Competition Update - Croatia

Croatian Competition Agency Publishes its Analysis of the On-Line Booking Sector

In December 2020, the Croatian Competition Agency (the “Agency”) published a summary of its’ analysis of the online booking market. The analysis came as a result of a growing influence of digital economy in the accommodation sector, both globally and in Croatia, as a significant tourist destination.

The main focus of the sector inquiry was to investigate the contractual relationship between online traveling agencies (“OTA”) and accommodation providers, implementation of regulatory framework and the broader competitive conditions on the market by defining the main indicators of the market position for online booking services. During the sector inquiry, the Agency also collected data regarding pricing policies of different OTAs.

With respect to the regulatory framework, the Agency found that even though there is no specific regulation for online hotel booking industry, the rules for consumer protection and e-commerce provide a certain regulatory framework for consumer protection and information society services.

As far as the market structure goes, the leader in Croatia is Booking.com with market share of 60-70% in 2017 and 70-80% in 2018 for bookings made through OTAs and its market share is expected to grow further. Expedia is the second largest market shareholder with 20-30% in 2017 and 10-20% in 2018. These OTAs are followed by Hotelbeds.com, HRS, Prestigia.com, Kuoni Global Travel Services, etc. When compared to global figures, the Croatian market share trends are broadly similar.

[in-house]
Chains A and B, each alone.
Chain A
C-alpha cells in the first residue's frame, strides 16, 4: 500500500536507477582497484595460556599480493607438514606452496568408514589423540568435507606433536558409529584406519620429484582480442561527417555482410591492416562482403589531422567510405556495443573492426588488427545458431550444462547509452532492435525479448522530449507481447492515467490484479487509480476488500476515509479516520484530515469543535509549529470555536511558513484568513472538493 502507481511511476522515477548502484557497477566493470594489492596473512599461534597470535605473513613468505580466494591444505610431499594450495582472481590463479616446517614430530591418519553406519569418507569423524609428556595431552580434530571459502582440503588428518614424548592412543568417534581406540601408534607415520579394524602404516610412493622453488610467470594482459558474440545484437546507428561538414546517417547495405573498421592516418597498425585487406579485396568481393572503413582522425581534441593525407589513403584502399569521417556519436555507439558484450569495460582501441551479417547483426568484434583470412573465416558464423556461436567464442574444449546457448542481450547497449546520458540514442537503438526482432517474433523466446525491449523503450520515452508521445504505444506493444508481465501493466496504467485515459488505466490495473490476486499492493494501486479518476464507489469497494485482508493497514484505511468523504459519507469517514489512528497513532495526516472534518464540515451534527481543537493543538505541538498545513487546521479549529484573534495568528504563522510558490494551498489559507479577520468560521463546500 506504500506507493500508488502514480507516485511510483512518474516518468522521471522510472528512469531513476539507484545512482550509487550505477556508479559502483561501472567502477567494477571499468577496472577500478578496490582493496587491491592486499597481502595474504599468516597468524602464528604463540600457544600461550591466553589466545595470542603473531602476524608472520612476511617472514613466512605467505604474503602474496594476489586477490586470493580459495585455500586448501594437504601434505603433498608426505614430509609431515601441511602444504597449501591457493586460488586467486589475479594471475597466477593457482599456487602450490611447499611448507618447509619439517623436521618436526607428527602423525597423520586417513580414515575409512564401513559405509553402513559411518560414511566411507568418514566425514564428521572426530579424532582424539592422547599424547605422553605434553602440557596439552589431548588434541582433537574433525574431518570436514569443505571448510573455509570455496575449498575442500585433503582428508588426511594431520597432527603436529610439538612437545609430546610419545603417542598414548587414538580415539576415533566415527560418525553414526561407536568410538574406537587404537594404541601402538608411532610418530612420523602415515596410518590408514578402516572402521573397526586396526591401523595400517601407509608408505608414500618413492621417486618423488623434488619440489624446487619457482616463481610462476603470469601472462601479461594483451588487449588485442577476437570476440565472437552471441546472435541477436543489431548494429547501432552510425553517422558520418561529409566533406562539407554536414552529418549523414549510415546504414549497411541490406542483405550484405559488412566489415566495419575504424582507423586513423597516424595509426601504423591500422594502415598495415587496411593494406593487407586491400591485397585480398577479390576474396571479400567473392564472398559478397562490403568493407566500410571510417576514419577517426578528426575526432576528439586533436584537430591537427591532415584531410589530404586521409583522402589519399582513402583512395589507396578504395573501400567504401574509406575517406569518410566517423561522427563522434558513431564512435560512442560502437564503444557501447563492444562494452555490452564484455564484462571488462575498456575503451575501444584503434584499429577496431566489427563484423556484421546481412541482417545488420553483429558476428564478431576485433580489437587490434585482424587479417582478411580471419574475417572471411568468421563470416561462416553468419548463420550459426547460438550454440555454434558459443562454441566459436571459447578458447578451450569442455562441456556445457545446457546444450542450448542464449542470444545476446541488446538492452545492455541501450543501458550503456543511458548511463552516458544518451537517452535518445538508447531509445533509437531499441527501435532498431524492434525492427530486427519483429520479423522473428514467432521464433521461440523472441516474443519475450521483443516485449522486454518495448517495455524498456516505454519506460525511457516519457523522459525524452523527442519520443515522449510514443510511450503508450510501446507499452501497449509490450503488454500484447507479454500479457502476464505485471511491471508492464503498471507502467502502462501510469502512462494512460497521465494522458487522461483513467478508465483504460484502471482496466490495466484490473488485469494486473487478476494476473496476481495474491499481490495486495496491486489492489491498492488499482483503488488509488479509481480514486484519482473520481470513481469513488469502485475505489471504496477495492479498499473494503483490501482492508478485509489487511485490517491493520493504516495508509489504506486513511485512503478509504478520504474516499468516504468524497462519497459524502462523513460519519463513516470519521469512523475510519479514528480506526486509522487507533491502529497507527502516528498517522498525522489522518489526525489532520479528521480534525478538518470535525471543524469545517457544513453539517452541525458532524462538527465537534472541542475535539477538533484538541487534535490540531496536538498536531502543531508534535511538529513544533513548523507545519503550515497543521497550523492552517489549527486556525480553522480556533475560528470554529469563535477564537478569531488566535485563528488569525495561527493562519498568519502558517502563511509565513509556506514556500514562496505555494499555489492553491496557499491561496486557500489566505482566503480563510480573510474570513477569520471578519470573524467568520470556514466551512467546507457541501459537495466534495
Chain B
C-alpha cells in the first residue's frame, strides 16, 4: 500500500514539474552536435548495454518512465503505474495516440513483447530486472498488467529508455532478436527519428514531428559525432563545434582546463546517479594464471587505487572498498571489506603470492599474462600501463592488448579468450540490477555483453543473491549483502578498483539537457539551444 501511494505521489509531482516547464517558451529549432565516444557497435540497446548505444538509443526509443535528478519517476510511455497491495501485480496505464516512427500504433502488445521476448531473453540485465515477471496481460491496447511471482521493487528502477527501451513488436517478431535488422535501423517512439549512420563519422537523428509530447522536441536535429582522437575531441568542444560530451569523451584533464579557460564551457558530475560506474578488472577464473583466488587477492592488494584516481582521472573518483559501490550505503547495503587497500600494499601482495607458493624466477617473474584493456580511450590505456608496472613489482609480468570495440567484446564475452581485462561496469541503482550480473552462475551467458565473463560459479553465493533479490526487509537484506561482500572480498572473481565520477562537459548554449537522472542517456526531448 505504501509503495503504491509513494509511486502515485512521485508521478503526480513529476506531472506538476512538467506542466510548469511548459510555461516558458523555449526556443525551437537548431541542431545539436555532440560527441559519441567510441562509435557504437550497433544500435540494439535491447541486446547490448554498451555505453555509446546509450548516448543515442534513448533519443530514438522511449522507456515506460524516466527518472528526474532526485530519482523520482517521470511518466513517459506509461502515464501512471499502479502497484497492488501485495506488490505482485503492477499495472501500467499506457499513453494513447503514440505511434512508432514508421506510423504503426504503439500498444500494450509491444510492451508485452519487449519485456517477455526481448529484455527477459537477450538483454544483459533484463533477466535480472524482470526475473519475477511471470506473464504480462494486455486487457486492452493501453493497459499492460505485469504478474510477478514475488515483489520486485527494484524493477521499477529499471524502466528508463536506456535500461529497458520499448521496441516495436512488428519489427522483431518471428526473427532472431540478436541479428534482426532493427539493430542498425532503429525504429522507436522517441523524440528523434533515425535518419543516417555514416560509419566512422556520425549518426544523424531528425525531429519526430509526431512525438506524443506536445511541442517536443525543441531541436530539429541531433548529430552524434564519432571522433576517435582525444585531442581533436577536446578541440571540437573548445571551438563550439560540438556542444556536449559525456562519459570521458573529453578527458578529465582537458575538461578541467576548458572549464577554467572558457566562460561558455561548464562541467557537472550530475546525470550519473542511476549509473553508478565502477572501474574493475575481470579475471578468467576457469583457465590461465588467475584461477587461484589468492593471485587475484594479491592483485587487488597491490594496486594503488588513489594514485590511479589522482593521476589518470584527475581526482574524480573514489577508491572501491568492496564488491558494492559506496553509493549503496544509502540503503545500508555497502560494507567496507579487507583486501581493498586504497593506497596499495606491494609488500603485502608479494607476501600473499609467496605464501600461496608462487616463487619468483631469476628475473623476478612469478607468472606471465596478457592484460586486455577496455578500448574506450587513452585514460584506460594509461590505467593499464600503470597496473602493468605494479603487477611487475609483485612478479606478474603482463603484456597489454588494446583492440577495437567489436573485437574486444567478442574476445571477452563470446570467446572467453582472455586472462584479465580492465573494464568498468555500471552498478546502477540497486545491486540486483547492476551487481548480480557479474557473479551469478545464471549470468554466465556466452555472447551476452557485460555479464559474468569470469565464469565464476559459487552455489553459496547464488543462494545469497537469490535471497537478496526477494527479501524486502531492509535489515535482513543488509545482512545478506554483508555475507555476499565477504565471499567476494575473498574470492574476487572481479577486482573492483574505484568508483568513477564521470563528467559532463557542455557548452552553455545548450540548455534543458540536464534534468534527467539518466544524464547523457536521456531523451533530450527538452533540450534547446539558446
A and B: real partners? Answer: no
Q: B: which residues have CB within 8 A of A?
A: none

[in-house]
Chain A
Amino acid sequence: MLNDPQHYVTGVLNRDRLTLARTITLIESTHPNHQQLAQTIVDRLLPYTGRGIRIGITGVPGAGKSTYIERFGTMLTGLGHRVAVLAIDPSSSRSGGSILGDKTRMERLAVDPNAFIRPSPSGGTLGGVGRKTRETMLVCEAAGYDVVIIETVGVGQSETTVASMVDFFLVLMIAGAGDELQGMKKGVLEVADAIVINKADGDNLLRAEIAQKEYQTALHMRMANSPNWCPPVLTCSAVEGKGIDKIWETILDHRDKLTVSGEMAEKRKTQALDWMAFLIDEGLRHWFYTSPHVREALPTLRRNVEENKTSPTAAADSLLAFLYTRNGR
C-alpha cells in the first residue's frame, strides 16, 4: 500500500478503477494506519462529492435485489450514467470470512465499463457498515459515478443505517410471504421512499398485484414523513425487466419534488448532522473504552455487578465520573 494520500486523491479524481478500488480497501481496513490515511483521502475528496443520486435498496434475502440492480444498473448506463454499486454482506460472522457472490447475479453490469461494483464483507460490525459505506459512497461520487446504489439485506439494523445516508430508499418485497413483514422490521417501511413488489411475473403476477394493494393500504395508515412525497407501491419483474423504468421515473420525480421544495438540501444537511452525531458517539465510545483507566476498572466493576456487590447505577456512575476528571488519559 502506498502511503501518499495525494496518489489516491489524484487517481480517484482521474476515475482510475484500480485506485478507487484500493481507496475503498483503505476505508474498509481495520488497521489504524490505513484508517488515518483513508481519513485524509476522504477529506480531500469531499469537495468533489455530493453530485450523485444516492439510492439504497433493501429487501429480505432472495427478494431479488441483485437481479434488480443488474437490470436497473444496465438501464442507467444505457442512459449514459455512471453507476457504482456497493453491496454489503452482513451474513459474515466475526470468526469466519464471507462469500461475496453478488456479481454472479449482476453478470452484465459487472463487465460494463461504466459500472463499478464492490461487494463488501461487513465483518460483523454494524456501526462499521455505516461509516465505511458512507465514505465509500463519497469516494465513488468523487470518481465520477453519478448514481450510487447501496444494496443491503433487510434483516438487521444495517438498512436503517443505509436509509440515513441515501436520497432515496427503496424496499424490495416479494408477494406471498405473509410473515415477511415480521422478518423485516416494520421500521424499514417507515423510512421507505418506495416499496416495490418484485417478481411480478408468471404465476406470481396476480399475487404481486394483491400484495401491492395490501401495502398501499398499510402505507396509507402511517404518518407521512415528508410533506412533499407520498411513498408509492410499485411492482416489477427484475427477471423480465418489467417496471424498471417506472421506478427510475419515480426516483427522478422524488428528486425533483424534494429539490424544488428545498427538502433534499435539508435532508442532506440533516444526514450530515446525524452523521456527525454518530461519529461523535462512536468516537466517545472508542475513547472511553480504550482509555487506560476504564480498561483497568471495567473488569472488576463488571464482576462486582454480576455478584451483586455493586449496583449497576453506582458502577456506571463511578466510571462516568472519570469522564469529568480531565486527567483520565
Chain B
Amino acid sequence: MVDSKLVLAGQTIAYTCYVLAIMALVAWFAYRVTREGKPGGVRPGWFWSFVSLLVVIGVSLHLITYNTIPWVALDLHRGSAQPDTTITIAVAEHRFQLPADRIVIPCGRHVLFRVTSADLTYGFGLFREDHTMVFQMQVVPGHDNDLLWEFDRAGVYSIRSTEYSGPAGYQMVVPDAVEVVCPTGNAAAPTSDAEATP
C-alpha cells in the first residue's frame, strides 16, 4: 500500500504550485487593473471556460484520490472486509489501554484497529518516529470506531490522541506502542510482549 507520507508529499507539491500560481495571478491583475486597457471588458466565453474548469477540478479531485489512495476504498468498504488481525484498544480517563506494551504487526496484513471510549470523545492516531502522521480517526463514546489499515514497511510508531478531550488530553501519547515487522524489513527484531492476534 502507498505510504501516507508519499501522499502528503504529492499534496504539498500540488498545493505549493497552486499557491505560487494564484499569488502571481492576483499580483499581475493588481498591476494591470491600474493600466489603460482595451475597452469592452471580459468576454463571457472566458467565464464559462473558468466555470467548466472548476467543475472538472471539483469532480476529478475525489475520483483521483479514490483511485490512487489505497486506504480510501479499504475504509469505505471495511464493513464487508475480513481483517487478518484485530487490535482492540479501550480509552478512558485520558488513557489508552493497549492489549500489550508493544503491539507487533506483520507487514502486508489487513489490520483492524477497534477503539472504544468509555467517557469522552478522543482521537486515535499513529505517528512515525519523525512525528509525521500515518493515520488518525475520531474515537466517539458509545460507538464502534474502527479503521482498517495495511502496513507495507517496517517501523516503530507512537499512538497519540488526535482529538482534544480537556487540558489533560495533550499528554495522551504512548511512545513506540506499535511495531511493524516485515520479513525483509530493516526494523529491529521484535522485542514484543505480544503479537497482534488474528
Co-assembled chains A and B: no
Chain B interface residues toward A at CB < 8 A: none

Regarding sales models used by accommodation providers in Croatia, the Agency determined that all undertakings use traditional sales channels (call centers, walk-in bookings and sales at the reception of the accommodation facility and their own digital platforms on their websites). However, the market analysis showed that the accommodation providers have also been increasingly using OTAs as an indirect sales channel. There are some additional sales models such as allotment purchase from a tour operator, traditional travel agencies, group rates, a global distribution system, congress and event sale and DMC (Destination Management Companies). However, almost all accommodation providers reported that more bookings are made through OTA platforms compared to using accommodation provider’s digital platforms. Providers report a significant increase in online bookings in both 2017 and 2018. When comparing 2018 and 2017, 42 and 24% more bookings were made through OTAs and their own on-line platforms, respectively.

Furthermore, the Agency included an analysis of OTAs general terms of business and provisions of contracts between OTAs and accommodation partners. Regarding parity clauses (most-favored nation clause-MFN), the Agency concluded that they are a part of general terms of business and/or contracts with accommodation partners, whether as a wide parity clause or a narrow parity clause. As a reminder, the use of parity clauses was also questioned by competition authorities in different EU Member States’ practice, with differing results. Per the inquiry, 47% of the participants of a survey across ten Member States did not know OTAs ceased to use or changed their parity clauses. Further, accommodation providers stated that they did not use different prices for OTAs and other models of sale.

The market for online booking will obviously be closely watched in the years to come, both in the overarching context of the evolving positions towards digital platforms, and as an important building block in the post-COVID 19 recovery.



The information in this document does not constitute legal advice on any particular matter and is provided for general informational purposes only.